Answer: Given how much this book changed from conception to final product, I’m surprised to realize that my central goal stayed the same. I wanted to write a book about grief that was about the tawdry, tedious underside – not the shock of the first few days, not the black clothes and the crying, but about the way your world’s still shattered a year later, two years later, ten years later, and you have to wake up every morning and go into that shattered world and pretend that everything’s okay when it isn’t okay, when you’re starting to suspect that it will never be okay. I wanted to write about grief that’s never resolved because it springs from an event so fundamentally wrong that it shouldn’t be resolved. This probably sounds incredibly dire and depressing, but to me, I think, as a grieving teenager, it would have provided some hope. If I am sad for the rest of my life, his life meant something. It means something. I wanted to write about this paradox, which I fiercely believe: you will never stop grieving and you will feel joy. You will never lay eyes upon him again and he will always be at your side.
Question: This is your second book. How was the publishing process different the second time around? What lessons did you learn as a debut that helped make things easier?
Answer: I like how you assume it’s been easier.
Just kidding: it has been! The revision process was a lot tougher this time around, but I think that without my experience revising my debut, it’d have felt even worse (and that’s saying something). I’ve felt a good deal of anxiety with both books – for some reason I don’t worry about how they’ll do, but I absolutely dread feeling so publicly exposed – but it’s gotten more manageable. I’m trying to embrace the strange shift in control: when you’re writing, you’re the god of your book’s universe, but then suddenly it’s out in the world and doesn’t belong to you at all anymore.
Question: Craziest thing you’ve had to Google for a WIP?
Answer: “Best German karaoke songs.” This, as I’m sure you can imagine, led to an intense afternoon of YouTube research. It was one of those days when you think you’re a writer, and the person next to you in the coffeeshop thinks you’re a fool.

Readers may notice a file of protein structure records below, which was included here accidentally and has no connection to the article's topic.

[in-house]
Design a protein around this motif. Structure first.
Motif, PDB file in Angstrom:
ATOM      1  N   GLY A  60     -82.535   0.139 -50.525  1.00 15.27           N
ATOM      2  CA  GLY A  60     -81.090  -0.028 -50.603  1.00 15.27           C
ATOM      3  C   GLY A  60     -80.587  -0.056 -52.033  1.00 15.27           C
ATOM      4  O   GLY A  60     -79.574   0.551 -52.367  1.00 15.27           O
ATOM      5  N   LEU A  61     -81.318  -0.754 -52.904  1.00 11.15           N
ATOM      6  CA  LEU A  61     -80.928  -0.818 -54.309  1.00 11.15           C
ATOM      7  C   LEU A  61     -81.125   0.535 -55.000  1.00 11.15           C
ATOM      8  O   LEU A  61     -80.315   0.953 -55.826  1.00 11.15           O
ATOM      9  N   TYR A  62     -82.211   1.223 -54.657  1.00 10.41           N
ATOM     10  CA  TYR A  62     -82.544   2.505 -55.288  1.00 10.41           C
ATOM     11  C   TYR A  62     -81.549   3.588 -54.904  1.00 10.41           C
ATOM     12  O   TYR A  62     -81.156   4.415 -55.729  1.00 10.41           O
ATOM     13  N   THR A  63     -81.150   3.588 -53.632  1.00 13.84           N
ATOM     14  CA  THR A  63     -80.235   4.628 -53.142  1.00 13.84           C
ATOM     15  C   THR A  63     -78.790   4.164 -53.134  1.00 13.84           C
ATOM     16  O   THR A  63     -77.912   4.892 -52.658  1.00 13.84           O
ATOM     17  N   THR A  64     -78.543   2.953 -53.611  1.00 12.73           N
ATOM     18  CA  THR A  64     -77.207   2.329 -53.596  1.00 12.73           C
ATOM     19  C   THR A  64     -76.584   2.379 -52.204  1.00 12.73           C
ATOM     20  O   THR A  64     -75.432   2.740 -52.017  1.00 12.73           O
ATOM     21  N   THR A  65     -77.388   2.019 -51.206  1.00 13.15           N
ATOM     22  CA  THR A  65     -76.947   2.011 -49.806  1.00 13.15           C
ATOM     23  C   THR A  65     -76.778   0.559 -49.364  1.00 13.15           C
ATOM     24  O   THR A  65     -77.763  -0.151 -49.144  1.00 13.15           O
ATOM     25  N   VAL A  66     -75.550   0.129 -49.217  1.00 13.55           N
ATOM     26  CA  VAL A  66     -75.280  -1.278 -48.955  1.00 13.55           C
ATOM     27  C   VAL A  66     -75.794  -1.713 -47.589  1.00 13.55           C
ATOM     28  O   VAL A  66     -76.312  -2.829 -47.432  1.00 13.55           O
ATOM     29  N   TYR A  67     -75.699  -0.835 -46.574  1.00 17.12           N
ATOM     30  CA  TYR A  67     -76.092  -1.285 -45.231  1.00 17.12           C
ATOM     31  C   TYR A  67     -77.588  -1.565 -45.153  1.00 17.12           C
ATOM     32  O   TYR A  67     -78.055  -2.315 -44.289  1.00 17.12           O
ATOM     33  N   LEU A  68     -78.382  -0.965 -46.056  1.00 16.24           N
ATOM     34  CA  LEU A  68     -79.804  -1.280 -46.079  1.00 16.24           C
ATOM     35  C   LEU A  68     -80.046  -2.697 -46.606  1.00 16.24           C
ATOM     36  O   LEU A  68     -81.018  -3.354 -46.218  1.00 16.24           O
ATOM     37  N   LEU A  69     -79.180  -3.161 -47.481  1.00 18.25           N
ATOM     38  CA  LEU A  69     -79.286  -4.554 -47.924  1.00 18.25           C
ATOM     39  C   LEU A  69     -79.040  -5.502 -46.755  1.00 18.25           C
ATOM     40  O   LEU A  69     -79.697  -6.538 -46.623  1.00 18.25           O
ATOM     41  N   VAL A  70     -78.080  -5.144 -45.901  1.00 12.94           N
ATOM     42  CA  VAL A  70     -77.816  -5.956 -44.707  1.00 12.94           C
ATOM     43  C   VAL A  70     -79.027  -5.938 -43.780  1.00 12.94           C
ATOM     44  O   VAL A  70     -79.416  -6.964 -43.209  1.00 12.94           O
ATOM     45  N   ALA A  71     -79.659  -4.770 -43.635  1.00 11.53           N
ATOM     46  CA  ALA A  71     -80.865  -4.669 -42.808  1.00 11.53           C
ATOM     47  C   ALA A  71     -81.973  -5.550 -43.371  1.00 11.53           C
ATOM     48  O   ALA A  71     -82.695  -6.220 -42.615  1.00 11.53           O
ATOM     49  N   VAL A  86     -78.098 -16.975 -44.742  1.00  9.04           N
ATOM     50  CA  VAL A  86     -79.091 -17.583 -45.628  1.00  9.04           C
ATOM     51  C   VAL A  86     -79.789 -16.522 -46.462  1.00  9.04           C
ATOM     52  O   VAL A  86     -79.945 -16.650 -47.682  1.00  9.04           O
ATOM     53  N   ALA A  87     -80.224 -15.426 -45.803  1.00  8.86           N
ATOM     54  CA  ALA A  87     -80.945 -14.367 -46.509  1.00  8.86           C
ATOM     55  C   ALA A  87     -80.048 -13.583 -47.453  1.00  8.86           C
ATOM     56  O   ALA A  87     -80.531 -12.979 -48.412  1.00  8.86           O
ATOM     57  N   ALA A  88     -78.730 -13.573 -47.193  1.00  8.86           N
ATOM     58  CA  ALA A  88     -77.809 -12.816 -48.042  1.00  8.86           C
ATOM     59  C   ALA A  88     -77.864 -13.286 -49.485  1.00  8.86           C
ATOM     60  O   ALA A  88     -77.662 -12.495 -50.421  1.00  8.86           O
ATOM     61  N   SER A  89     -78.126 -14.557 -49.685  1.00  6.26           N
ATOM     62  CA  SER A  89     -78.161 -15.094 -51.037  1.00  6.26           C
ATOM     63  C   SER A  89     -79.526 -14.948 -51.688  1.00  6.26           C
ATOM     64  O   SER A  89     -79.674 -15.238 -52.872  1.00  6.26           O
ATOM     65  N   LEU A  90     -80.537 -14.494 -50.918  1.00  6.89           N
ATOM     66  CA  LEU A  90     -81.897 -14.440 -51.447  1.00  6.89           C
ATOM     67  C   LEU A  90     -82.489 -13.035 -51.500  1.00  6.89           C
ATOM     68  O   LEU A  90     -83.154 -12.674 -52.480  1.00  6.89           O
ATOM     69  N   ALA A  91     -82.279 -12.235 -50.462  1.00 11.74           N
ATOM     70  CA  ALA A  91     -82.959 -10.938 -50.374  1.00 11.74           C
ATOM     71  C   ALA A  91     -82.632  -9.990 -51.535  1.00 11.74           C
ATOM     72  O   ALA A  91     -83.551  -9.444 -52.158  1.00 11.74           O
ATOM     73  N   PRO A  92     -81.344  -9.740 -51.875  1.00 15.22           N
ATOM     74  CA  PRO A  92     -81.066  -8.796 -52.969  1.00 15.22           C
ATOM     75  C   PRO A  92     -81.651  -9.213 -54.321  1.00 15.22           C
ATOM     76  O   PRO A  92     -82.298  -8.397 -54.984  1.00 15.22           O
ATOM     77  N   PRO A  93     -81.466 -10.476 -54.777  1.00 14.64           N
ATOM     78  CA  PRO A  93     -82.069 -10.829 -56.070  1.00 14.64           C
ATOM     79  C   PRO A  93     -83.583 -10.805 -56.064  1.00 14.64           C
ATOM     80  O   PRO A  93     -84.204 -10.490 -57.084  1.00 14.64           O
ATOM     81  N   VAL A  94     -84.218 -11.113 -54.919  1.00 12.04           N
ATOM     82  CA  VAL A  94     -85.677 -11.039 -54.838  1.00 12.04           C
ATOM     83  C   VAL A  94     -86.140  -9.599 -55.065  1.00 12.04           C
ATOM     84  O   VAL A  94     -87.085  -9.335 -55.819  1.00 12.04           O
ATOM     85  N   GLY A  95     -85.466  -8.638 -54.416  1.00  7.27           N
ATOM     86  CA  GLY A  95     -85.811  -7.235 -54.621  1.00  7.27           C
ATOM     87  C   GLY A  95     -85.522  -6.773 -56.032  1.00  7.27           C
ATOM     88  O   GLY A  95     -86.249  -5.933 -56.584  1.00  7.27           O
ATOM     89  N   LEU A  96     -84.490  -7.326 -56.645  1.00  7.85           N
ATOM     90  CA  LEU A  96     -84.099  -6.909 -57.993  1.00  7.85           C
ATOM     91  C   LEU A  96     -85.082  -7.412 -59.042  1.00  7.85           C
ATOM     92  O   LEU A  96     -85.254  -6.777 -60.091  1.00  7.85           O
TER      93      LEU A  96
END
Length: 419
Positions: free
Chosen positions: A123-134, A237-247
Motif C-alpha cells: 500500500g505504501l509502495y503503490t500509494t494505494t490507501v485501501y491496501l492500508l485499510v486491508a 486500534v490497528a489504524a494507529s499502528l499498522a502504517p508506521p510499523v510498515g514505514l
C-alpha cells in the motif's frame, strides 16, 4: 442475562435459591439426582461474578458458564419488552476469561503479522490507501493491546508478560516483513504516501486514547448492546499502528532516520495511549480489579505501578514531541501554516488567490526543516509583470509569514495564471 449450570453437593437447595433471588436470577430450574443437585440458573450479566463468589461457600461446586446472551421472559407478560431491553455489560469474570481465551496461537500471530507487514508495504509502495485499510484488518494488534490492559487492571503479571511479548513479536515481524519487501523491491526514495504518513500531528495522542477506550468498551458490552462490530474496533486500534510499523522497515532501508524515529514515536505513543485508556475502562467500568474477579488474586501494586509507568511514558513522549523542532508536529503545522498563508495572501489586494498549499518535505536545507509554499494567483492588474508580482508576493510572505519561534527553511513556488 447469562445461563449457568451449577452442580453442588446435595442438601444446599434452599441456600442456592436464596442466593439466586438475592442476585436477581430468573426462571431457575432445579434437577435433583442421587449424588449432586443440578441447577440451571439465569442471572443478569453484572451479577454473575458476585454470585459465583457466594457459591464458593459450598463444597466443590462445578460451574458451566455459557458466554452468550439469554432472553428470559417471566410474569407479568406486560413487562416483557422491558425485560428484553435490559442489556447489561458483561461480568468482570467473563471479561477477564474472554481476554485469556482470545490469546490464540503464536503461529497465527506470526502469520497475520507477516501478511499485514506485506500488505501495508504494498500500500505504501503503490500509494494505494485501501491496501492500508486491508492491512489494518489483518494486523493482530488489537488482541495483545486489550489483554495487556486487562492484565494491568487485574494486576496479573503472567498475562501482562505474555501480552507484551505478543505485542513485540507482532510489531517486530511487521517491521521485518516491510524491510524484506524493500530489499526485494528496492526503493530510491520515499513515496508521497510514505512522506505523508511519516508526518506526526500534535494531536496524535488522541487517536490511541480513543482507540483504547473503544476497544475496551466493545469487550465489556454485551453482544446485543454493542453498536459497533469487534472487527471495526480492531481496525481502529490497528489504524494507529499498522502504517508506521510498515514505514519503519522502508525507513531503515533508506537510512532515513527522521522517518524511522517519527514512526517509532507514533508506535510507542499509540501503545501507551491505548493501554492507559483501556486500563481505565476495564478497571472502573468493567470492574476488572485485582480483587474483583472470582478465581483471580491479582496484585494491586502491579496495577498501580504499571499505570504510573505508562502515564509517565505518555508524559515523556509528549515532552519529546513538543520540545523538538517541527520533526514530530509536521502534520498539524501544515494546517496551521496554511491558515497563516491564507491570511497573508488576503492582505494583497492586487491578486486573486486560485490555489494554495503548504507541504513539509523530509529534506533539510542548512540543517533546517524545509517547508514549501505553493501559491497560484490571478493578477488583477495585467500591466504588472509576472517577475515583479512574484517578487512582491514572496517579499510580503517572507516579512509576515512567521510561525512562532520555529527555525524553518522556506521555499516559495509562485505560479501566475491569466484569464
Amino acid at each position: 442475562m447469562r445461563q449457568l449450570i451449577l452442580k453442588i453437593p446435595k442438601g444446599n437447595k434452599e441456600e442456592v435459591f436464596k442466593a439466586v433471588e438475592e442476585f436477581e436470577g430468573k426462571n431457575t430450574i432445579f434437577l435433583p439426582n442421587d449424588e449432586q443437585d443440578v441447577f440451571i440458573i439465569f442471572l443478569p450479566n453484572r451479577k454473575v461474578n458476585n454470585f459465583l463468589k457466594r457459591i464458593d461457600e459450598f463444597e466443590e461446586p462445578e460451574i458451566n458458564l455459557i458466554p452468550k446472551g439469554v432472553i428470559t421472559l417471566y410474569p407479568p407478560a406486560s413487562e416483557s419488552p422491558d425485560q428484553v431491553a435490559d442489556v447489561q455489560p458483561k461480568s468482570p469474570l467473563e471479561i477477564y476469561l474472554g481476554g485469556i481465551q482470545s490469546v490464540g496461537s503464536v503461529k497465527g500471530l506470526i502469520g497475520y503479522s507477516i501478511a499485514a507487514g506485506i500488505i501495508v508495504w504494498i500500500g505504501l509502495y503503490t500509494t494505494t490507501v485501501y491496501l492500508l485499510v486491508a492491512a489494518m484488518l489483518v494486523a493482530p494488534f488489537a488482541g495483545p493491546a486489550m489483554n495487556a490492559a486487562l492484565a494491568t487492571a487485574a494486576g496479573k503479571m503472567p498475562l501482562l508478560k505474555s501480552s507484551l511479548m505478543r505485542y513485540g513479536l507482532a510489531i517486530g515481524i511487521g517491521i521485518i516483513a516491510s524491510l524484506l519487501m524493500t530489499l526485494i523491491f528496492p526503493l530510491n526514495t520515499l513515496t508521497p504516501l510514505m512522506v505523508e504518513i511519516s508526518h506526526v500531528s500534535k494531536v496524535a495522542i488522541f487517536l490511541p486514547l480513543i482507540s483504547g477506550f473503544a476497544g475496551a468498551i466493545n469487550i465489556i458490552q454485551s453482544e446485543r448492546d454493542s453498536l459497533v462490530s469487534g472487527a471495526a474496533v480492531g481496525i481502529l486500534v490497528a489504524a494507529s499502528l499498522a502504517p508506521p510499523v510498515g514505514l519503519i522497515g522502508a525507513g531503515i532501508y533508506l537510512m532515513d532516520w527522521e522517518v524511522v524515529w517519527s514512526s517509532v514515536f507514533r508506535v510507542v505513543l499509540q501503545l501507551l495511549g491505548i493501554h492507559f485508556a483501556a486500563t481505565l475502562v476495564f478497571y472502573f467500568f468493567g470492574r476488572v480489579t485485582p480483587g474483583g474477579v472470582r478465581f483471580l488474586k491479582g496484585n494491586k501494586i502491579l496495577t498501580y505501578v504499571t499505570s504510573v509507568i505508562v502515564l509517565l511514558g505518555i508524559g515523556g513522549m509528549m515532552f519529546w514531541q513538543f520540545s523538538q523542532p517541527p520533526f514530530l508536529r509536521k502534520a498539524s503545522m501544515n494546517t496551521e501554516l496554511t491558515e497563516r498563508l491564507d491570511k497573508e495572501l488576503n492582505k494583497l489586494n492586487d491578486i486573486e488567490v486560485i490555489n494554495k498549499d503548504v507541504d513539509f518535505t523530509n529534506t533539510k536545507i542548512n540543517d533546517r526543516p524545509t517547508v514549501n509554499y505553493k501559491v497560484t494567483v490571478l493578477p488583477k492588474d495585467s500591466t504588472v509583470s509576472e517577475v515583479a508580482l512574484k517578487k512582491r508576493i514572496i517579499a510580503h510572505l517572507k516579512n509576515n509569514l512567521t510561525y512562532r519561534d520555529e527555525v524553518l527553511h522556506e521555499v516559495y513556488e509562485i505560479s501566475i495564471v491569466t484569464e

Question: According to your bio, you previously worked as a bookseller. What was it like being on that side of the publishing world, as compared to being a published author now?
Answer: I loved my bookseller job – for one, thanks to my intensely well-read colleagues, I always had a great TBR stack! And I think it’s thanks to my time in the bookstore that I now feel so grateful whenever someone reads one of my books. There are so many books out there, so many freaking wonderful books, and you’re choosing mine?! Like: you are the light of my life.
It’s also nice, though, to have a day job that has nothing to do with publishing. I’m teaching high school Latin now, and I adore every minute. I think I do my best writing (and personing) when I have a healthy mix of interests and priorities.
Question: Are you working on anything new?
Answer: Yes! I’ve spent some time lately returning to my roots as a Roald Dahl fanatic (when I got in trouble as a kid, my mom would confiscate his oeuvre as punishment), so I tried my hand at a ridiculous middle-grade novel. And now I’m working on a YA about a feminist firebrand. I hope they’ll both see readers someday!
About the Author:
KATE HATTEMER graduated with a degree from Yale in Classics. She works as a bookseller in Cincinnati and is the author of The Vigilante Poets of Selwyn Academy, which has received five starred reviews.